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Pension Controversy in Garden State Despite Court Ruling

The New Jersey Supreme Court may have ruled that Gov. Chris Christie (R) can cut $1.57 billion in contributions to the state’s public employee pension system, but that has not spelled an end to the public controversy over the system and how to address its problems.

Debate erupted outside the state house on June 11, two days after the court issued its ruling, reports Members of the New Jersey Education Association and members of Americans for Prosperity gathered to rally concerning different aspects of the matter — NJEA members for the fiscal health of the system, and Americans for Prosperity for its reform.

Earlier this year, Christie proposed adding $1.3 billion to the state pension system; that is less than half the amount the state had agreed to contribute. That is approximately $1.8 billion less than the 2011 pension reform law requires.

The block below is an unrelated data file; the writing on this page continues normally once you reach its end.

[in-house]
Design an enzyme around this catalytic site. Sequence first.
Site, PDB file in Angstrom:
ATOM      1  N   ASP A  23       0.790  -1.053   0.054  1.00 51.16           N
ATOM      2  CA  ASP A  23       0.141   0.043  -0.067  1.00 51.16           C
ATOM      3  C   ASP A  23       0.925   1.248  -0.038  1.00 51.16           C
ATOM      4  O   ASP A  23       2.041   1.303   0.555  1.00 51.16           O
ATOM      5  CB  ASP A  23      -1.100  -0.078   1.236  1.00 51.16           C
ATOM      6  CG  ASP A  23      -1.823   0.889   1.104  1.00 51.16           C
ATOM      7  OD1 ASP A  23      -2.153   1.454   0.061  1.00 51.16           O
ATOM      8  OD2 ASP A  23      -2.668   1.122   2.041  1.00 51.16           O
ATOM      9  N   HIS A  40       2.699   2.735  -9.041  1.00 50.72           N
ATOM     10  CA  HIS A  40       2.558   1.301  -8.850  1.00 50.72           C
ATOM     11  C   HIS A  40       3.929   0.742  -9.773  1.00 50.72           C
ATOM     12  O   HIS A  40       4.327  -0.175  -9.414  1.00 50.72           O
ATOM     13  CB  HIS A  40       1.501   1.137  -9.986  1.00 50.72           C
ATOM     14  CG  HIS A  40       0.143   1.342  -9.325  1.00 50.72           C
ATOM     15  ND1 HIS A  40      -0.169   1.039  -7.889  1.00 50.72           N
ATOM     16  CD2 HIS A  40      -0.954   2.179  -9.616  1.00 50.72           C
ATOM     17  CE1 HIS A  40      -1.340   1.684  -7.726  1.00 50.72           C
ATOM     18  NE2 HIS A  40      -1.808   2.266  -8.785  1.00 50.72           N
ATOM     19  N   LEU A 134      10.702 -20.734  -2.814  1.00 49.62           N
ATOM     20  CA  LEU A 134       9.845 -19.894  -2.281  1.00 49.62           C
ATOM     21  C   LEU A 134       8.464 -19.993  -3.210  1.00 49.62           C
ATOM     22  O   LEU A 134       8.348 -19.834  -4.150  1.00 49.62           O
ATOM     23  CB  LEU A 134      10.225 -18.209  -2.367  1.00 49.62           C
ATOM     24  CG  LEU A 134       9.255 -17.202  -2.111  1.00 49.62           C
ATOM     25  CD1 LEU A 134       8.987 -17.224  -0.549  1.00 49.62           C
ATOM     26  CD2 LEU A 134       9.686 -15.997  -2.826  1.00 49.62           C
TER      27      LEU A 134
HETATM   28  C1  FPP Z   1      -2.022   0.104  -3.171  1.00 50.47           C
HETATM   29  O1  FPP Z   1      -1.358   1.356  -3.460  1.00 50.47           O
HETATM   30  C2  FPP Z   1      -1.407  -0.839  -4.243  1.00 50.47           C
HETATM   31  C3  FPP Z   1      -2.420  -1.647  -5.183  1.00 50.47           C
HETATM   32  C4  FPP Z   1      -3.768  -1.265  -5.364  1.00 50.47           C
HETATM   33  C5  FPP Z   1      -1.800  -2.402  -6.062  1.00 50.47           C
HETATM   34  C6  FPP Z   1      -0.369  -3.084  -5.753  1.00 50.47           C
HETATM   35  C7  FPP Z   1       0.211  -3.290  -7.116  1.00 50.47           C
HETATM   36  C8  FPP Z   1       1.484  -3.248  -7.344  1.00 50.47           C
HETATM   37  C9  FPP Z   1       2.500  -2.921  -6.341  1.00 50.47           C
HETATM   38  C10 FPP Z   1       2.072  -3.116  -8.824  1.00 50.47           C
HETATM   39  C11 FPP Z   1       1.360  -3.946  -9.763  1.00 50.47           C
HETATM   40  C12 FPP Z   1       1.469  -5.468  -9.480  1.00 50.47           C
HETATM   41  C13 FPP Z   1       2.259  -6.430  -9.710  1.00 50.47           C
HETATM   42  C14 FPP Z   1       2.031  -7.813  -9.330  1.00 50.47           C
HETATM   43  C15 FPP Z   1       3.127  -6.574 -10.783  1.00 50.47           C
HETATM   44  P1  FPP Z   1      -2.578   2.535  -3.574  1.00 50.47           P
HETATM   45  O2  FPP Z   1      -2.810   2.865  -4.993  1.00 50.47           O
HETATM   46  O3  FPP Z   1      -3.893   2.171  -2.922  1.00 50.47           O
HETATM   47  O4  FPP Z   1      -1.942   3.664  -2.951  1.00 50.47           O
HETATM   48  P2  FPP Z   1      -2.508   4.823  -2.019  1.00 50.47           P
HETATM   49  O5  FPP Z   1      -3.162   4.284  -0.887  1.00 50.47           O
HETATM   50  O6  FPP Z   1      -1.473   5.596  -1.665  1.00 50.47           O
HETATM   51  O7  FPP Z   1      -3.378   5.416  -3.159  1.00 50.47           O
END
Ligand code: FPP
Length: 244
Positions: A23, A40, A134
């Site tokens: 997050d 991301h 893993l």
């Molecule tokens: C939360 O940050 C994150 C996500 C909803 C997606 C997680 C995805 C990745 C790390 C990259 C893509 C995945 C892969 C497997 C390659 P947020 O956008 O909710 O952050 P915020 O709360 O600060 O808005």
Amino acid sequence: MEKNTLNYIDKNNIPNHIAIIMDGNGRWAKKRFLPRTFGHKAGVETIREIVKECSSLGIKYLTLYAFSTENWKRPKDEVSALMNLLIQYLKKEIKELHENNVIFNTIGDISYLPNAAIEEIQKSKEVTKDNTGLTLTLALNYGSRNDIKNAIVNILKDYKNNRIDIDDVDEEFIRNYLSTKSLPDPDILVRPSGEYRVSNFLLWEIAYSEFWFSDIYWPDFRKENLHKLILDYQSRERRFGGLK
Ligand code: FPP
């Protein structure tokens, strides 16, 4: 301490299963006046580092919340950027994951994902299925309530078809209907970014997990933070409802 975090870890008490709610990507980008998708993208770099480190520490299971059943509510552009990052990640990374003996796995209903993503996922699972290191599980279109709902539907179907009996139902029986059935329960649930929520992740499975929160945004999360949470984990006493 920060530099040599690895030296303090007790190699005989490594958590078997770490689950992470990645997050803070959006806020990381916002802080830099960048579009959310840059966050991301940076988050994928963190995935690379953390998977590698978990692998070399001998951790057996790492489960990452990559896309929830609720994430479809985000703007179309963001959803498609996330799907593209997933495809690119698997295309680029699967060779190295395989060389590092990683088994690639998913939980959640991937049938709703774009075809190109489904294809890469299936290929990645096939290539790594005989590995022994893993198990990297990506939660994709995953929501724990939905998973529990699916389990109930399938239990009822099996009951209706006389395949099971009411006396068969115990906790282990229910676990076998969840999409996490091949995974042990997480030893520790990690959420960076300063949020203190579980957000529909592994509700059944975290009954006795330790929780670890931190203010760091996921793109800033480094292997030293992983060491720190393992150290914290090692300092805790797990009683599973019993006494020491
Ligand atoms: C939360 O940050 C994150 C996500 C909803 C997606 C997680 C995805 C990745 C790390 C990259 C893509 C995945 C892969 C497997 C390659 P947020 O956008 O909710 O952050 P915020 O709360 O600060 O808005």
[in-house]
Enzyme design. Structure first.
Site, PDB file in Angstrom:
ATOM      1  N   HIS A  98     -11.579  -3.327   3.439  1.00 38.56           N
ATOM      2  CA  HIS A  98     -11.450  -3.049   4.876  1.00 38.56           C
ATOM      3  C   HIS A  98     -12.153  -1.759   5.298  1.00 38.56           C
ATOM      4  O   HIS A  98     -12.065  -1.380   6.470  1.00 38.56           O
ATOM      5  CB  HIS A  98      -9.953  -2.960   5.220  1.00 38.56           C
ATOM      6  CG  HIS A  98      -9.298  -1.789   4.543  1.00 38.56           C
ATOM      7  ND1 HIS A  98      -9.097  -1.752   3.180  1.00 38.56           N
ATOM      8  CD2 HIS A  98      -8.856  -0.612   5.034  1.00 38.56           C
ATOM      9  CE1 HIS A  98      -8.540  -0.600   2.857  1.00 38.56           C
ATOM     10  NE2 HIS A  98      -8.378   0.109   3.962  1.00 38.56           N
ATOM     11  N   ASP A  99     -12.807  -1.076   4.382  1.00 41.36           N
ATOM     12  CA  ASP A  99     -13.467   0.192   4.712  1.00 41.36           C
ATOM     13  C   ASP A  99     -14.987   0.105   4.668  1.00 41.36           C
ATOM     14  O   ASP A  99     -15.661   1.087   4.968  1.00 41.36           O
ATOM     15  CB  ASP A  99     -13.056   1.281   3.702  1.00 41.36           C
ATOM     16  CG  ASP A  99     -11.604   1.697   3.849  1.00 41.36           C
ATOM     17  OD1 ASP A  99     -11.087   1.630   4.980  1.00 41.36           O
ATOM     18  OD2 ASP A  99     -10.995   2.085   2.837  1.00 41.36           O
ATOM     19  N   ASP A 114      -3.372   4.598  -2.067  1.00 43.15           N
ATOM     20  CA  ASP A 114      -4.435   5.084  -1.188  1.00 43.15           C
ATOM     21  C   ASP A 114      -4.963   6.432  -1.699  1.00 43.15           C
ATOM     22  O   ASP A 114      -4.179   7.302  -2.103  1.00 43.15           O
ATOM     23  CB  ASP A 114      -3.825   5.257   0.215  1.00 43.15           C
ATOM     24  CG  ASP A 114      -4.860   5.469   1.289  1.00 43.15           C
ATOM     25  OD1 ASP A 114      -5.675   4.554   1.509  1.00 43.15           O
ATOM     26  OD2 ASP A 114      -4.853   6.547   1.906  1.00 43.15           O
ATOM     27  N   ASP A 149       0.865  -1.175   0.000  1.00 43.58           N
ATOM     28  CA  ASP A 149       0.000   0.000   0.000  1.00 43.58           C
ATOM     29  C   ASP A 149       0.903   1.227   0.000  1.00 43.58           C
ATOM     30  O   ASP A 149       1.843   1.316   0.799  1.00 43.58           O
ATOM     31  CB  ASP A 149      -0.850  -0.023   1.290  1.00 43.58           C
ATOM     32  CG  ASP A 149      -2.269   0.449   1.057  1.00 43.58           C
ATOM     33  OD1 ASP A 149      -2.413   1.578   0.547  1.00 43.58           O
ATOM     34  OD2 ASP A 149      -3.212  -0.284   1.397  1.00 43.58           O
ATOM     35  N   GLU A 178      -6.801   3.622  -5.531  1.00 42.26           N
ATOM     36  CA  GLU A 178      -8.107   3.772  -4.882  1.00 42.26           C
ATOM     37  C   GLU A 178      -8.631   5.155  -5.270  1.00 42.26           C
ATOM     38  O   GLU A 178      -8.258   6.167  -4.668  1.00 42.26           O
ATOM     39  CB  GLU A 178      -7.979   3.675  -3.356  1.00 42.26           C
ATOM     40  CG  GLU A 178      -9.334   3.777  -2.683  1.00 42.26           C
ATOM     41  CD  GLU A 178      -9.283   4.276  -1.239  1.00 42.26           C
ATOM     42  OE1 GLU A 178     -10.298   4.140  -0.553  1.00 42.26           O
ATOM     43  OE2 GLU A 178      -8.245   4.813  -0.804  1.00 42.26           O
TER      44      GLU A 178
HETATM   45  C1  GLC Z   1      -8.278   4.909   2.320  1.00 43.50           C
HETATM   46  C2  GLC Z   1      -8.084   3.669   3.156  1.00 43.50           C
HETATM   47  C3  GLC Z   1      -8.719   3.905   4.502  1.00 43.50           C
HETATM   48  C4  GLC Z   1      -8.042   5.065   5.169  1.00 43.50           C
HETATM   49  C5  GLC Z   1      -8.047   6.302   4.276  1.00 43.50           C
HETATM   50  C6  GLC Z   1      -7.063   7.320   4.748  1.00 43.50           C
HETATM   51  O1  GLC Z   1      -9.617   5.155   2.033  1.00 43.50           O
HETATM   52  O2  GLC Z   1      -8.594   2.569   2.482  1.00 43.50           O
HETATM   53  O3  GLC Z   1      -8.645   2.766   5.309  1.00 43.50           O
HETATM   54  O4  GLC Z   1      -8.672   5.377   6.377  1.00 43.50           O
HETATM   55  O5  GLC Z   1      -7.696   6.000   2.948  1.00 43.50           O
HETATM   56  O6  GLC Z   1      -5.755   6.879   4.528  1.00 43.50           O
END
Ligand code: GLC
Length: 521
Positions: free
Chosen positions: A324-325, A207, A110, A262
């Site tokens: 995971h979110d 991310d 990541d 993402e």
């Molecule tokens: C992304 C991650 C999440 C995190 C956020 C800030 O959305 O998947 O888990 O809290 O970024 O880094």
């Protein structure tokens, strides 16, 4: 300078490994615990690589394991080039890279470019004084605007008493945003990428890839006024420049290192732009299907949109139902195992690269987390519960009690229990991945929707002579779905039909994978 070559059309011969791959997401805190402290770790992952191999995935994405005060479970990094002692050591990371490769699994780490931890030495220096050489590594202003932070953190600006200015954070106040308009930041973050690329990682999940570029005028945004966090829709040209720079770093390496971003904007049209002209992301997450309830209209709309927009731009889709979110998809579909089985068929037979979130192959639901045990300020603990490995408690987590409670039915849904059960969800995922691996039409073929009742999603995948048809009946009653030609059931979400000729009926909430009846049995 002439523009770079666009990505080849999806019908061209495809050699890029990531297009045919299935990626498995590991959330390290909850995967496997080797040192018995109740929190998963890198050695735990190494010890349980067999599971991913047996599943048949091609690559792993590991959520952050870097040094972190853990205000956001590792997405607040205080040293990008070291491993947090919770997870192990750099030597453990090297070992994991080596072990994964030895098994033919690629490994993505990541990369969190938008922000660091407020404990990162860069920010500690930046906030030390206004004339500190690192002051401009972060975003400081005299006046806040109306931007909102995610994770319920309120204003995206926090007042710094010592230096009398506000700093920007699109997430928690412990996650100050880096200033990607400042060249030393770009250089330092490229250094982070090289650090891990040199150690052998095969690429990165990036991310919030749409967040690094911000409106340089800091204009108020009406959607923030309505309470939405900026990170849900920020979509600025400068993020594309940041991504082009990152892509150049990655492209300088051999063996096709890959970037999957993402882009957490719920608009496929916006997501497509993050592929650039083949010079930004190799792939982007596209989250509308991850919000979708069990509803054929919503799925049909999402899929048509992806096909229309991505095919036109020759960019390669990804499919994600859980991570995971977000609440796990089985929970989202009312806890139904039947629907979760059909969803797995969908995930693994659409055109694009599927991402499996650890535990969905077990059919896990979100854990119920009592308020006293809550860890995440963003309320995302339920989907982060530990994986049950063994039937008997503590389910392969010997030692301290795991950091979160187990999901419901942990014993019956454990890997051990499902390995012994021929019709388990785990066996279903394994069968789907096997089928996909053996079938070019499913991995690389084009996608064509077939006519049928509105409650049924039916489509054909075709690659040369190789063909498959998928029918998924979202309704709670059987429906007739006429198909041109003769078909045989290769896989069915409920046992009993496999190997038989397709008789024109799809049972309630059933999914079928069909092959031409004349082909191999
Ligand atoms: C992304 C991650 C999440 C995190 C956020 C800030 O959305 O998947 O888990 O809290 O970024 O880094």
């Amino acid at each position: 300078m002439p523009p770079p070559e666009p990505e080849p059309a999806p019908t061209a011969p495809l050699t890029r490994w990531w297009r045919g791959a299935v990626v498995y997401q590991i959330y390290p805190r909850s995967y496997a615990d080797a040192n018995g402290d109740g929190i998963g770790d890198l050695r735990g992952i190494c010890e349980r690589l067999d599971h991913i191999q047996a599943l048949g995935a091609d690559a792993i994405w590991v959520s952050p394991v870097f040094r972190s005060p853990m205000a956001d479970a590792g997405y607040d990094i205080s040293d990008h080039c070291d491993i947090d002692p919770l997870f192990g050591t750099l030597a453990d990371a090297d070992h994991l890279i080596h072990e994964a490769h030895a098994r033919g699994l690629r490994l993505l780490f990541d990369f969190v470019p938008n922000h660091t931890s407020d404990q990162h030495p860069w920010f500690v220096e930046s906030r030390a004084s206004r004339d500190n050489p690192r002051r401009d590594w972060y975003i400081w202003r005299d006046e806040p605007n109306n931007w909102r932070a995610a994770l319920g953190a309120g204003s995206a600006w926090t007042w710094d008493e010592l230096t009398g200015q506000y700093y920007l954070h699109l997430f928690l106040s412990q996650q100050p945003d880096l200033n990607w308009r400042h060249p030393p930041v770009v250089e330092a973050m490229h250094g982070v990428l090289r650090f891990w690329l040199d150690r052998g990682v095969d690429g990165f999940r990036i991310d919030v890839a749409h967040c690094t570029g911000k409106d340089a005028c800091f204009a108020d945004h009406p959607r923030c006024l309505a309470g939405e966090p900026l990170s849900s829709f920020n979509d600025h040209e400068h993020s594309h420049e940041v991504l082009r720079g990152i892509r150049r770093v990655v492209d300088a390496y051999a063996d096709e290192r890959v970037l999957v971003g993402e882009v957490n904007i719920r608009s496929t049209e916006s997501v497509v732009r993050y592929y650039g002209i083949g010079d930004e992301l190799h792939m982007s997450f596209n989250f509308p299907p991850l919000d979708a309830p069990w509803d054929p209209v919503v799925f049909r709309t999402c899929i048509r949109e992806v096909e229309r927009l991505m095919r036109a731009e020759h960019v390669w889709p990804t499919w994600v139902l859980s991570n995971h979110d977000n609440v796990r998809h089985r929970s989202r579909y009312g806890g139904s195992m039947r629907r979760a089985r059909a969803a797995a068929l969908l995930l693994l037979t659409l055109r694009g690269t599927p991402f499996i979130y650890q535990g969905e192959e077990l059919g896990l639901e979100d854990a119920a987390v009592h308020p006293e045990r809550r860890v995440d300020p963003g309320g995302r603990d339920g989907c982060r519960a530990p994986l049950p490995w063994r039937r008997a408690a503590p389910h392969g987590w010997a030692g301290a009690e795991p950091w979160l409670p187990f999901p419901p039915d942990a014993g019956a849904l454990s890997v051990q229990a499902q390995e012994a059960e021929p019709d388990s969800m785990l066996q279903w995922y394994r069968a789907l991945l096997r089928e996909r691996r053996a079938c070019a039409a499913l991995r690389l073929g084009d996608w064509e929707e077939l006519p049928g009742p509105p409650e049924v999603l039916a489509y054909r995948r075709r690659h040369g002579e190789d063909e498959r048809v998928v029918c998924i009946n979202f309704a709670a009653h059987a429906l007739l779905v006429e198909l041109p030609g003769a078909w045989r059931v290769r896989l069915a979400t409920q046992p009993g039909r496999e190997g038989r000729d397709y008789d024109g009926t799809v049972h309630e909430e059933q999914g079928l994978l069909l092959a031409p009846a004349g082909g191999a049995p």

Christie also proposed freezing the plan, creating a new pension fund for educators that the NJEA would own, requiring that the state fund its obligations over the next 40 years and calling on the unions to agree to hefty health care cost savings to offset the cost of the pension plan.

And for good measure, the nonpartisan Volker Alliance, which one-time Federal Reserve Board Chairman Paul A. Volcker established, has issued a report critical of New Jersey’s handling of the pension plan and warning that the state is at risk for spending cuts in other areas unless it raises new revenue or cuts pension costs.

New Jersey Supreme Court Justice Jaynee LaVecchia, who wrote the majority opinion in the June 9 ruling, captured not only these discussions, but also the fact that the debate is far from over. “That the state must get its financial house in order is plain. The need is compelling in respect of the state’s ability to honor its compensation commitment to retired,” she wrote. “But this court cannot resolve that need in place of the political branches. They will have to deal with one another to forge a solution to the tenuous financial status of New Jersey’s pension funding in a way that comports with the strictures of our constitution.”